The Ms. Black District of Columbia Pageant competition has concluded, and the victorious contestant was Georgia native Katori Brown.

The Alabama State alum has lived in the District since 2008 and recently received a master’s in mass communication and media studies from Howard University. She works at the Middle Eastern Broadcast Network and is a dedicated volunteer at her church.

The AFRO spoke with Brown about being named Ms. Black District of Columbia, her future plans and a cause that motivates her pageant win.

AFRO: With you hailing from Georgia and getting your undergraduate degree from Alabama State, did it take you some time to get acclimated to D.C. and its culture (or weather)?
Katori Brown: I actually interned at the Voice of America during the summer of 2007, and absolutely fell in love with D.C. and its diversity and culture. It was then, that I decided it would be a great place for a new start after graduating from college. So, I was well prepared for the change when I moved to D.C. and excited about it.

AFRO: In preparation for becoming Miss Black D.C., what processes did you go through?
KB: Since there is no state-level pageant—Miss Black DC USA is selected through interview. I always try to keep myself informed on current affairs and current trends. I also try to make wise decisions when it comes to eating and exercise. It’s really just a lifestyle that I chose for myself as opposed to preparation for a pageant. I think pageants are about becoming the best you you can be, and that’s what I’ve done as Miss Black D.C. USA, and will continue to do as I prepare for Miss Black USA in August 2011.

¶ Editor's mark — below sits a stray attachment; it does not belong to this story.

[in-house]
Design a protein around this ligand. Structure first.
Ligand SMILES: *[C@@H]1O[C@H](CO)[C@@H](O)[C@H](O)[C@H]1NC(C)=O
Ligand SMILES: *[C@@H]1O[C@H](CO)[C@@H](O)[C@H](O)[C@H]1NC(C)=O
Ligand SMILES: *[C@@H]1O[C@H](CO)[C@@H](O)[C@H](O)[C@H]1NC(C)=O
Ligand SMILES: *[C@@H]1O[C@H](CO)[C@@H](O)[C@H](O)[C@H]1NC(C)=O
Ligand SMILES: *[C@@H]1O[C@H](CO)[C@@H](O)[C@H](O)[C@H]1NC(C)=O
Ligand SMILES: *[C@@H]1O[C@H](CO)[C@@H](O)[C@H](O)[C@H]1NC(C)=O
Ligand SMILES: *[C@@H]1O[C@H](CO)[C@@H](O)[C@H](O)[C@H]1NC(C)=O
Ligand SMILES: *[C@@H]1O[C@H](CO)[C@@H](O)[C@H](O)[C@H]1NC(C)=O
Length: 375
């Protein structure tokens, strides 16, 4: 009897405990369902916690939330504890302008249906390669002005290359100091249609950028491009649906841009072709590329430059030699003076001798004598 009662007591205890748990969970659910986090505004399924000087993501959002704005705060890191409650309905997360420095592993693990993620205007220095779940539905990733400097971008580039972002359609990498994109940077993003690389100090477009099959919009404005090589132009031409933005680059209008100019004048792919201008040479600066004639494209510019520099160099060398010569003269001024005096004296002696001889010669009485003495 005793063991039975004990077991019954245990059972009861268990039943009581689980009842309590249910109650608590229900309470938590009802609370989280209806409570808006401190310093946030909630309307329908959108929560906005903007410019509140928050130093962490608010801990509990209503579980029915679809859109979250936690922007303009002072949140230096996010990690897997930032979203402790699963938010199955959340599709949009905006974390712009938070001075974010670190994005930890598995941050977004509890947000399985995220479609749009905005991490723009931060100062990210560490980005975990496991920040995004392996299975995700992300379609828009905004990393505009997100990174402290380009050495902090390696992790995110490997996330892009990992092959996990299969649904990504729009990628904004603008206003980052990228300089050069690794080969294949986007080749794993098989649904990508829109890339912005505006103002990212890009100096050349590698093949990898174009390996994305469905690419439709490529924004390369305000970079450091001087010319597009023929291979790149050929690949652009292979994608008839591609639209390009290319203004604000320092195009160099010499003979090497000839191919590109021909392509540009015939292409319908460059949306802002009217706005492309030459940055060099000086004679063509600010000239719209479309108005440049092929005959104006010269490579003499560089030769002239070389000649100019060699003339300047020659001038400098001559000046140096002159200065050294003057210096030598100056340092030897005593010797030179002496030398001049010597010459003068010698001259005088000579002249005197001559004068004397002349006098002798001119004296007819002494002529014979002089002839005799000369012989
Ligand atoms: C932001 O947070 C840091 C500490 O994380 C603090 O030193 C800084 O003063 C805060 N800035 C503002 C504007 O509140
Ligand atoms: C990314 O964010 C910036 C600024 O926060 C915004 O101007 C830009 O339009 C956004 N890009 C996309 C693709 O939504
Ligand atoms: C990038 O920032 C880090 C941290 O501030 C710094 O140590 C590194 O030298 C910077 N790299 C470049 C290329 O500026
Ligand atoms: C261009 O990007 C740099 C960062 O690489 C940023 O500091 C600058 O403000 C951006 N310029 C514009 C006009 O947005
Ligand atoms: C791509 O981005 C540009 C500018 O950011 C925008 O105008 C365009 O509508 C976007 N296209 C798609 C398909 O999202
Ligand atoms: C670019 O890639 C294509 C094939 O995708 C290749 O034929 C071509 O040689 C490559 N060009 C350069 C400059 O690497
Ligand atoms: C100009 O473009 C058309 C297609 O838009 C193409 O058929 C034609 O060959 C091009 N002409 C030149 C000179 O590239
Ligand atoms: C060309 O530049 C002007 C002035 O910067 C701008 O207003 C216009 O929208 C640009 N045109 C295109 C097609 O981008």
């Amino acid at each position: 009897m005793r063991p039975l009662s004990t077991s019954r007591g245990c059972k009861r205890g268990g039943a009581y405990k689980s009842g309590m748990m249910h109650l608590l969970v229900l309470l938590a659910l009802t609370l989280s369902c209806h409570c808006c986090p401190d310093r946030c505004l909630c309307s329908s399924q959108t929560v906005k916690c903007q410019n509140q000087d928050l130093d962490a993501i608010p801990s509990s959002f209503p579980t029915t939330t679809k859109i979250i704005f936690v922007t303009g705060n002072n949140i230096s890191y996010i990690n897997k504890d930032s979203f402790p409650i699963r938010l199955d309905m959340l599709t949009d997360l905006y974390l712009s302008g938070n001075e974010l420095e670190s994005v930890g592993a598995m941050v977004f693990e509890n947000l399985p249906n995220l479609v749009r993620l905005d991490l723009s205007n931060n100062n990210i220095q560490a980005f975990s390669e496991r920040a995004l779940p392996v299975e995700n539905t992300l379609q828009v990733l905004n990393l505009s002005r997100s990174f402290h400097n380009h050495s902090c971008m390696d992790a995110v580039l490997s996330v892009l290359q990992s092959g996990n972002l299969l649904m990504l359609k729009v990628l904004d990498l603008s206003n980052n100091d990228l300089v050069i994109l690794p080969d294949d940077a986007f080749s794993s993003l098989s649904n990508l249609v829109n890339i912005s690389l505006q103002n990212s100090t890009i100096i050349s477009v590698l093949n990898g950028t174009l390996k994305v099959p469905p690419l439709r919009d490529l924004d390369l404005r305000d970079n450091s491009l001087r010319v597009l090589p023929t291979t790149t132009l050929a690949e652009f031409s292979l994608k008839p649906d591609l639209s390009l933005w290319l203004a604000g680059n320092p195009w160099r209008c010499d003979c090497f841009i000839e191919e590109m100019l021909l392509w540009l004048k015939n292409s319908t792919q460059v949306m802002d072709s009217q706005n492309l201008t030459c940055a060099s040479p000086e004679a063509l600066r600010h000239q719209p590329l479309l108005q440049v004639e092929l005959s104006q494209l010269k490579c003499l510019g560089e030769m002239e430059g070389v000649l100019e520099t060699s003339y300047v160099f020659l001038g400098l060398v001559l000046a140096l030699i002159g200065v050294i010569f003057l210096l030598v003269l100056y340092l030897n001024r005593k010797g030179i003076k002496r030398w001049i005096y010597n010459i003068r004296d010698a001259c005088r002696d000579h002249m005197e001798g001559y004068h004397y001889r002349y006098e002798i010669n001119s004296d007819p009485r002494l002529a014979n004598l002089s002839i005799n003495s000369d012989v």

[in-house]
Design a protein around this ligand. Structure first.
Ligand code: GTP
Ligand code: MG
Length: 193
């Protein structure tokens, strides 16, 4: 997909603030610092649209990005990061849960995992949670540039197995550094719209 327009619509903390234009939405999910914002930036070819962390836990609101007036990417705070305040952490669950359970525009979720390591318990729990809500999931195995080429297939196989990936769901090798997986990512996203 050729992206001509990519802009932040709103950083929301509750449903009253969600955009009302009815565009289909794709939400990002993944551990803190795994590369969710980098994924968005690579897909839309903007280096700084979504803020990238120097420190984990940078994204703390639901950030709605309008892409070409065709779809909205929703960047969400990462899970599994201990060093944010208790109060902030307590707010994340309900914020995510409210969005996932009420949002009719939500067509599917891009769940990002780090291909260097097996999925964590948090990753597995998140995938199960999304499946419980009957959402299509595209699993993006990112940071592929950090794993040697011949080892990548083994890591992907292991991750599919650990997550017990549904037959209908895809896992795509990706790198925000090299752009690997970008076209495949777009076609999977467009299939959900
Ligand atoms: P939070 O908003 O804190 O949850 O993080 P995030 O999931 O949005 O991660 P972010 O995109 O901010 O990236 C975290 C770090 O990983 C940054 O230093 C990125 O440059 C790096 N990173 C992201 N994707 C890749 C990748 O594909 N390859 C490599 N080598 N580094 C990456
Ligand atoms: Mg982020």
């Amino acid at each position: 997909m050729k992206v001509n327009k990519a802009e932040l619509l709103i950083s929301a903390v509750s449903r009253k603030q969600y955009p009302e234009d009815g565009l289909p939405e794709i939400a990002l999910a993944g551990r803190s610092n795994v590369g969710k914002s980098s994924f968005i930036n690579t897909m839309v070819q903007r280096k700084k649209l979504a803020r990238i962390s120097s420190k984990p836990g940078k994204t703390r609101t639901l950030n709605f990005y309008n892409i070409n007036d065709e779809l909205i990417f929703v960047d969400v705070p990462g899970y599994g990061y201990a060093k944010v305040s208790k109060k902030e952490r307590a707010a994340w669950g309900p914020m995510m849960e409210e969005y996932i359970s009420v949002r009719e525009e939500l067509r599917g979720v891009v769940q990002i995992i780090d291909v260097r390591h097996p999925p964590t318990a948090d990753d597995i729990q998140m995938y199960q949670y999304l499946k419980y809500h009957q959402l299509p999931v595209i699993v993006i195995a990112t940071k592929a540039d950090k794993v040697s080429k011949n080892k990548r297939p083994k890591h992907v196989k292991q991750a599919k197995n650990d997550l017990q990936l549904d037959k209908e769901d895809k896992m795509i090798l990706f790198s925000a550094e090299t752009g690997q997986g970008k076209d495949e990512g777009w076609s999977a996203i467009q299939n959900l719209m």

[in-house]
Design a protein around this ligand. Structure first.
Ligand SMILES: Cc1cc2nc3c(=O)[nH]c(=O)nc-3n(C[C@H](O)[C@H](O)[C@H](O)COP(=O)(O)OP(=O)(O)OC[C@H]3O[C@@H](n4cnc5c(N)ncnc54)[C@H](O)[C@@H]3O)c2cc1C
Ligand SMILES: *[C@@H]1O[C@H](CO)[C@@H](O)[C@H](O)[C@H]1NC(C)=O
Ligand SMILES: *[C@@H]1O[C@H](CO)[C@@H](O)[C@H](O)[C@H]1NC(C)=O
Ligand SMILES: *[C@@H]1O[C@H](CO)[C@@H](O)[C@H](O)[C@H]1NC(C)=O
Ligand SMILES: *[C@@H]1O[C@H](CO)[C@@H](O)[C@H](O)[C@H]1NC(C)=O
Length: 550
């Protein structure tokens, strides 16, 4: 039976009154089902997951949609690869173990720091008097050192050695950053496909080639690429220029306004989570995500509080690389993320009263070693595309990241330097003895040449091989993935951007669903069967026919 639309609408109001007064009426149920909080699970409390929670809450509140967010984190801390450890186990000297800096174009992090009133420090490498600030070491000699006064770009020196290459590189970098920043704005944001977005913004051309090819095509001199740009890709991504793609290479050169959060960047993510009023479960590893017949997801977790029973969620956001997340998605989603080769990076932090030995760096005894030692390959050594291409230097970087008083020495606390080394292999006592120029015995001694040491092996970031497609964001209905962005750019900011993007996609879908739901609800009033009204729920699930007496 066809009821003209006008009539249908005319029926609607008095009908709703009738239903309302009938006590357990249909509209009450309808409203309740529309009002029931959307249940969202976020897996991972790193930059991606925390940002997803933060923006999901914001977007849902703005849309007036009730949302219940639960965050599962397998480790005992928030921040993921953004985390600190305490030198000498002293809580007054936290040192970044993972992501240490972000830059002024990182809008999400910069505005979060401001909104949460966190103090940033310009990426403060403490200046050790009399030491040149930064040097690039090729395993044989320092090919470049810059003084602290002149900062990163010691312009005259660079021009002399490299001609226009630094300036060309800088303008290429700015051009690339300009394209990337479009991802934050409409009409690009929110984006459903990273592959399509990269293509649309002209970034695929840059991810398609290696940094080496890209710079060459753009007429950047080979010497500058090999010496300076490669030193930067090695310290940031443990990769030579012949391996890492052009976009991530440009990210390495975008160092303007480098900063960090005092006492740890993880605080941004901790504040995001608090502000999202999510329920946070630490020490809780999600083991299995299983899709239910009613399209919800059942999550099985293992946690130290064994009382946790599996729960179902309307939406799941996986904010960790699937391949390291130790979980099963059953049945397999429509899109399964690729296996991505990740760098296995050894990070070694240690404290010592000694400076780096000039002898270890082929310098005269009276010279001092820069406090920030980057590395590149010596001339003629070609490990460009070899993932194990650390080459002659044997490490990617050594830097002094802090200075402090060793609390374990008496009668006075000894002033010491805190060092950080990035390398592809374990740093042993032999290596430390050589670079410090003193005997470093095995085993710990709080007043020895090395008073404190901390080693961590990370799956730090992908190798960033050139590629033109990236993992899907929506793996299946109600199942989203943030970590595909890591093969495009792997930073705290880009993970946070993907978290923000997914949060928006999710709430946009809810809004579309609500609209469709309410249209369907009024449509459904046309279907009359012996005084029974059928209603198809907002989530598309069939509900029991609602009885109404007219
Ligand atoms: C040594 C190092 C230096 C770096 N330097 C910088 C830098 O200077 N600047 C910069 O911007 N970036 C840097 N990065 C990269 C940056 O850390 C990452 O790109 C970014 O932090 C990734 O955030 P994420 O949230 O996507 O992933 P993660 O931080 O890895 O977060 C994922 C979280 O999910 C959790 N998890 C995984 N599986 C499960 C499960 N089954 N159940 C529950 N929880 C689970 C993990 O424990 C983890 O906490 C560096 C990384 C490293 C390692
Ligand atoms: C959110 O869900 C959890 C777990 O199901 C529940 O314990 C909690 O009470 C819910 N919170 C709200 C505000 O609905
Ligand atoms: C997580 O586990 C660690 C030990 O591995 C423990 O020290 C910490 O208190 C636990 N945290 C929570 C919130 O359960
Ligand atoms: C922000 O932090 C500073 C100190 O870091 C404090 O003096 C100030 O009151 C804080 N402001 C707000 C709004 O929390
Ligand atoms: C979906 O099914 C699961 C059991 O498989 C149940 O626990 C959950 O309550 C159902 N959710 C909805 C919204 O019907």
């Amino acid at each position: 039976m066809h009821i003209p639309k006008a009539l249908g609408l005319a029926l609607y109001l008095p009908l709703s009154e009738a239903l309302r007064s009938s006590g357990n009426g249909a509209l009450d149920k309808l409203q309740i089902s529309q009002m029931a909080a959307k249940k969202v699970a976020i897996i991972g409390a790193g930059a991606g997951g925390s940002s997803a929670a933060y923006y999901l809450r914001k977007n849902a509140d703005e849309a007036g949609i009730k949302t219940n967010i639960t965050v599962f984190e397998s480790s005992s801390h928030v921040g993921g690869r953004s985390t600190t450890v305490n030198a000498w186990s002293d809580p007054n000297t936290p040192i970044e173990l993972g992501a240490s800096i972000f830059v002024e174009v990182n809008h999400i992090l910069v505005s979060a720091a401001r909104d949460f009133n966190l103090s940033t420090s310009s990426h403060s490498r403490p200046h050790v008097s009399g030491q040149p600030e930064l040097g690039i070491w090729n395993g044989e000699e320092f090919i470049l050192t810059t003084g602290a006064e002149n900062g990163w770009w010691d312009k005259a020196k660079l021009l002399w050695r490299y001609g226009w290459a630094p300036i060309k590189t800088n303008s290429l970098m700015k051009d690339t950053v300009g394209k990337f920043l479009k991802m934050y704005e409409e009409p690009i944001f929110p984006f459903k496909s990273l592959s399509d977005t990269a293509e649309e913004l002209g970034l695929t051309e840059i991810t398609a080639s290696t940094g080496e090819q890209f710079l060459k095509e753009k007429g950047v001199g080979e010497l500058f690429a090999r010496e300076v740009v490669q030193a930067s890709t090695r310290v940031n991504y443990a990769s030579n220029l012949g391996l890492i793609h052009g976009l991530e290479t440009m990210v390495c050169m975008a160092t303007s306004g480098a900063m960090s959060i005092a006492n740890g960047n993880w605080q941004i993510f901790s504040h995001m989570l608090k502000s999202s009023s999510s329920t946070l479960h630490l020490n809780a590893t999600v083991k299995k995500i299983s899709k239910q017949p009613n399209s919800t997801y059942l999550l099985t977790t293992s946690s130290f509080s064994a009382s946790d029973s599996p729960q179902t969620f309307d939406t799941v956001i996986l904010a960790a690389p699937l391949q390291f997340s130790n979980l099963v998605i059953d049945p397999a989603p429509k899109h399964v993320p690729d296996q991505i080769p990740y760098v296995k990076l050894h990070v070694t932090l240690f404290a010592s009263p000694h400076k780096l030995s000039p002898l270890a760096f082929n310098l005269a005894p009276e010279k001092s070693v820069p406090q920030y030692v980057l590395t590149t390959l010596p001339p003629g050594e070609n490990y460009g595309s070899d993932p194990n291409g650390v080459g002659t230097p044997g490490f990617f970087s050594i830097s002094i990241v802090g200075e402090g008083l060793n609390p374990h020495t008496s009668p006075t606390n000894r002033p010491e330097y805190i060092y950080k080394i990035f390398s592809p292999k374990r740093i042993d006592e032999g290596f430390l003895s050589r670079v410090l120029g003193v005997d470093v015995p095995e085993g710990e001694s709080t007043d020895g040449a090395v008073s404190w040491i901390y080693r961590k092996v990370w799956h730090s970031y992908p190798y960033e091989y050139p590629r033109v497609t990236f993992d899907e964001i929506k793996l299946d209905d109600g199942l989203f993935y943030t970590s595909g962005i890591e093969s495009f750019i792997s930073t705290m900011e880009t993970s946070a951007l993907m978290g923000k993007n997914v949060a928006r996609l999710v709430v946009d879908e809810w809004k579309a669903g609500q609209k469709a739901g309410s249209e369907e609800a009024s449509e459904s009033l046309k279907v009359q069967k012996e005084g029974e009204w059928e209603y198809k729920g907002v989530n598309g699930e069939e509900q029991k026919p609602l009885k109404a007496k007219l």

AFRO: What advice would you give to young women in the DMV area about pursuing their goals and aspirations?
KB: Persistence is the key. If you keep persistence, you will yield results.

AFRO: What do you intend to do now that you have won the award? Do you intend to give back to any charities or communities in anyway or form?
KB: Service is something that is so important to me. It’s my goal to live a lifestyle of love. So I’m always searching for ways to volunteer my time or serve the community. My platform is Alzheimer’s awareness and research. The Alzheimer’s Association is something that is really near to my heart because my grandmother passed away from Alzheimer’s disease in 2000. So personally, I’ve fundraised for the Alzheimer’s Association in the past and I’m so excited to fundraise for the Alzheimer’s Association as Miss Black DC USA 2011.

AFRO: Now that you have accomplished obtaining your Master’s Degree and have won Ms. Black D.C., do you intend on staying here in the DMV for a while or is it on to conquering another city or state?
KB: I love the District of Columbia, and I can honestly say that my season here is definitely not nearing an end.